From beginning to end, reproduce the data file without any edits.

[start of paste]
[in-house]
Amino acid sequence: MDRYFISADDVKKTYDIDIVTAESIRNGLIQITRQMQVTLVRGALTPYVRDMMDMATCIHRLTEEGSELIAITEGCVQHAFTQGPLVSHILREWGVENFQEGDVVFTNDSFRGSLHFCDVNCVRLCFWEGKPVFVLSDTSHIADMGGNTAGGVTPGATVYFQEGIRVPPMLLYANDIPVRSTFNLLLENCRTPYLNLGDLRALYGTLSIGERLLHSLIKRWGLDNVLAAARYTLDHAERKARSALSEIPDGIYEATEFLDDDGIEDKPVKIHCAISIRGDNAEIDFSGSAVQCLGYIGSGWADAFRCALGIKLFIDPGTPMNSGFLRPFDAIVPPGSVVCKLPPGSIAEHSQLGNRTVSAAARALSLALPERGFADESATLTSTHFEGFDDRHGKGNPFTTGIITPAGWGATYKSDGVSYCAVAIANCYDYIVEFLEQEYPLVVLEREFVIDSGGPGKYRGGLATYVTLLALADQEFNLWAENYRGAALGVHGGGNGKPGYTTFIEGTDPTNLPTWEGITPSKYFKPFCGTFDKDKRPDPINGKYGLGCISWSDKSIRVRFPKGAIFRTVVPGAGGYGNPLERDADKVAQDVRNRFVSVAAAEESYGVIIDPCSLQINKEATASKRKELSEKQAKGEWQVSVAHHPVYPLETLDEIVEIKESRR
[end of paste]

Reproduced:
[in-house]
Amino acid sequence: MDRYFISADDVKKTYDIDIVTAESIRNGLIQITRQMQVTLVRGALTPYVRDMMDMATCIHRLTEEGSELIAITEGCVQHAFTQGPLVSHILREWGVENFQEGDVVFTNDSFRGSLHFCDVNCVRLCFWEGKPVFVLSDTSHIADMGGNTAGGVTPGATVYFQEGIRVPPMLLYANDIPVRSTFNLLLENCRTPYLNLGDLRALYGTLSIGERLLHSLIKRWGLDNVLAAARYTLDHAERKARSALSEIPDGIYEATEFLDDDGIEDKPVKIHCAISIRGDNAEIDFSGSAVQCLGYIGSGWADAFRCALGIKLFIDPGTPMNSGFLRPFDAIVPPGSVVCKLPPGSIAEHSQLGNRTVSAAARALSLALPERGFADESATLTSTHFEGFDDRHGKGNPFTTGIITPAGWGATYKSDGVSYCAVAIANCYDYIVEFLEQEYPLVVLEREFVIDSGGPGKYRGGLATYVTLLALADQEFNLWAENYRGAALGVHGGGNGKPGYTTFIEGTDPTNLPTWEGITPSKYFKPFCGTFDKDKRPDPINGKYGLGCISWSDKSIRVRFPKGAIFRTVVPGAGGYGNPLERDADKVAQDVRNRFVSVAAAEESYGVIIDPCSLQINKEATASKRKELSEKQAKGEWQVSVAHHPVYPLETLDEIVEIKESRR